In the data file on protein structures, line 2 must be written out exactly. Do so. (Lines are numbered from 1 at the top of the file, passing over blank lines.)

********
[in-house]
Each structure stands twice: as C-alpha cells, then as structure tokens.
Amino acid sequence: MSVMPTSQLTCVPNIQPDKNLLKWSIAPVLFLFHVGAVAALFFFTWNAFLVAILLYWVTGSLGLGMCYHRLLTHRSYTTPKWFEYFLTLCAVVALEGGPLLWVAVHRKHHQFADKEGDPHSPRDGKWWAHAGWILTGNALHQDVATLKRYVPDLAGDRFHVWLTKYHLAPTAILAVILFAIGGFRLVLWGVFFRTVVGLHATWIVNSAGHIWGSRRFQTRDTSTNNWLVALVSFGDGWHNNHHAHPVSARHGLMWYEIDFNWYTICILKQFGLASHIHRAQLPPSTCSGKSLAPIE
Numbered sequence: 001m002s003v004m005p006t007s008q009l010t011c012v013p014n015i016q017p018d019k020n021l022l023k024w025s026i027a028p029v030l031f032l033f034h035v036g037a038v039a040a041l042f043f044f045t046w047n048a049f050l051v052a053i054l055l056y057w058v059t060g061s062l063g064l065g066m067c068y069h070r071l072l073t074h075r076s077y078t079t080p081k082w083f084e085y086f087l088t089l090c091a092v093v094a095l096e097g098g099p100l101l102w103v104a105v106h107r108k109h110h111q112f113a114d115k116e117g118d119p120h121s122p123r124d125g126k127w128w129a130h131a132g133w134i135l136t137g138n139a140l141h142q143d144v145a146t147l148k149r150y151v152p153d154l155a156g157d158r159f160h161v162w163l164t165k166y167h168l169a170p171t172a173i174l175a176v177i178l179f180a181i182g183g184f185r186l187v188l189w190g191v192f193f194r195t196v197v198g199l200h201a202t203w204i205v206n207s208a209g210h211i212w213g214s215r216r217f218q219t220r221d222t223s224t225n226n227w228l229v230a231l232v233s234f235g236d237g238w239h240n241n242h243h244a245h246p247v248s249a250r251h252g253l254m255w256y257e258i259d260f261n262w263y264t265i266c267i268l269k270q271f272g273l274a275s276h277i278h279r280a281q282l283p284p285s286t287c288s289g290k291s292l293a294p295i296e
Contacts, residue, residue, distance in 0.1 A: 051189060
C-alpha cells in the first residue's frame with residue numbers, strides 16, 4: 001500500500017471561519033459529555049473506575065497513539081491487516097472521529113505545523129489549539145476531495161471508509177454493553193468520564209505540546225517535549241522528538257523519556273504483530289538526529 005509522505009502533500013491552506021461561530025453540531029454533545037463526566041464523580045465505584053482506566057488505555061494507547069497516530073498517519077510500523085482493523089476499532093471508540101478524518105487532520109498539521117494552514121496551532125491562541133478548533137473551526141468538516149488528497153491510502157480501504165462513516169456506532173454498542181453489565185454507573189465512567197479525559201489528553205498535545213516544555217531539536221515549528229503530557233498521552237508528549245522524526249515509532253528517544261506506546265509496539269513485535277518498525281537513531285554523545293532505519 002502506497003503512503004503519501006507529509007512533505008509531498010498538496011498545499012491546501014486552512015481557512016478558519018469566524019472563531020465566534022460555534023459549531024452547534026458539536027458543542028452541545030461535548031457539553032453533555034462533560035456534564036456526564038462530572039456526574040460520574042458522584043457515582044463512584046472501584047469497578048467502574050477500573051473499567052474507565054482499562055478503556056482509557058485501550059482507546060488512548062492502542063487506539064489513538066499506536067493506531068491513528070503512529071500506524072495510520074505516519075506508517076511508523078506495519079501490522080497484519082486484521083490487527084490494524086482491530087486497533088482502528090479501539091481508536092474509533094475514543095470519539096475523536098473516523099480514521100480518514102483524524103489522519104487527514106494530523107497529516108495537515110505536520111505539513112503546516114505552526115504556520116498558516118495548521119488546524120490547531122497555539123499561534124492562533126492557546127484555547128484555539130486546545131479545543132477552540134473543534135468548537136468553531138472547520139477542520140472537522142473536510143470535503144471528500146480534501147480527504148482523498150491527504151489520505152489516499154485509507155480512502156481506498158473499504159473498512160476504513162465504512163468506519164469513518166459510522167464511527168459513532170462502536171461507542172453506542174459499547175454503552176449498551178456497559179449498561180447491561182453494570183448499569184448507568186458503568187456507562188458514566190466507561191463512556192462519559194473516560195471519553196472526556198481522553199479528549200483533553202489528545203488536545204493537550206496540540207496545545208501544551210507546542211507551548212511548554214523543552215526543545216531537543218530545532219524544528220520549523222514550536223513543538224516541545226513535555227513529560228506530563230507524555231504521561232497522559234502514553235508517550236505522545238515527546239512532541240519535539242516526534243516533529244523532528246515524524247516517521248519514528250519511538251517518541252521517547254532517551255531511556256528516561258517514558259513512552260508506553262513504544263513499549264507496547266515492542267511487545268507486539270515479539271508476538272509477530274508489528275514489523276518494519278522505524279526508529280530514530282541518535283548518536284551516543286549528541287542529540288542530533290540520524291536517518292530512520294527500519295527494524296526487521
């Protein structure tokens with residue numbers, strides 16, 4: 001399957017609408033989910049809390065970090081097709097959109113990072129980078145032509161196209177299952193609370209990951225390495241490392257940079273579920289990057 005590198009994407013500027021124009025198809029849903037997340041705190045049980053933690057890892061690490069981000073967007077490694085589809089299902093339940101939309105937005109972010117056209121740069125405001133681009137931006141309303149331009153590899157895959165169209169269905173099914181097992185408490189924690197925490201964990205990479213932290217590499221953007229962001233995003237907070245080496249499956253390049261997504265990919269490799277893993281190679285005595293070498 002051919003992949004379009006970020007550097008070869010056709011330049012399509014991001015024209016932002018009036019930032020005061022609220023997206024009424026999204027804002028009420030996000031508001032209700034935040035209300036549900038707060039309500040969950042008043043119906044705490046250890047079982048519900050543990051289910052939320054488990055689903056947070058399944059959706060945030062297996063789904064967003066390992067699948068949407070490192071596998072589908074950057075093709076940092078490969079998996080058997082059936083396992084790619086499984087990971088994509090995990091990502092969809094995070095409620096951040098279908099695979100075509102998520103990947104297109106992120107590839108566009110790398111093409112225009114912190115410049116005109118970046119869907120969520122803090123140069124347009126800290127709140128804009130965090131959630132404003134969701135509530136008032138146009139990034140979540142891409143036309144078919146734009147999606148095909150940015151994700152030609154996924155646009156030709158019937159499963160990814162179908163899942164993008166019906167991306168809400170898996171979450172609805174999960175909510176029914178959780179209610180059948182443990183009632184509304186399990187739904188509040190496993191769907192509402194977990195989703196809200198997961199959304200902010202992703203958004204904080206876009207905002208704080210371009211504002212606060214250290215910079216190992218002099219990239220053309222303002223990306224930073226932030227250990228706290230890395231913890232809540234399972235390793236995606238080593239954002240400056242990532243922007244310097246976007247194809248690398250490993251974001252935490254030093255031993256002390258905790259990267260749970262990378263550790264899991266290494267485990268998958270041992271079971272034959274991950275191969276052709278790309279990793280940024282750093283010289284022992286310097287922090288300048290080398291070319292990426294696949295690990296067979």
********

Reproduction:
Each structure stands twice: as C-alpha cells, then as structure tokens.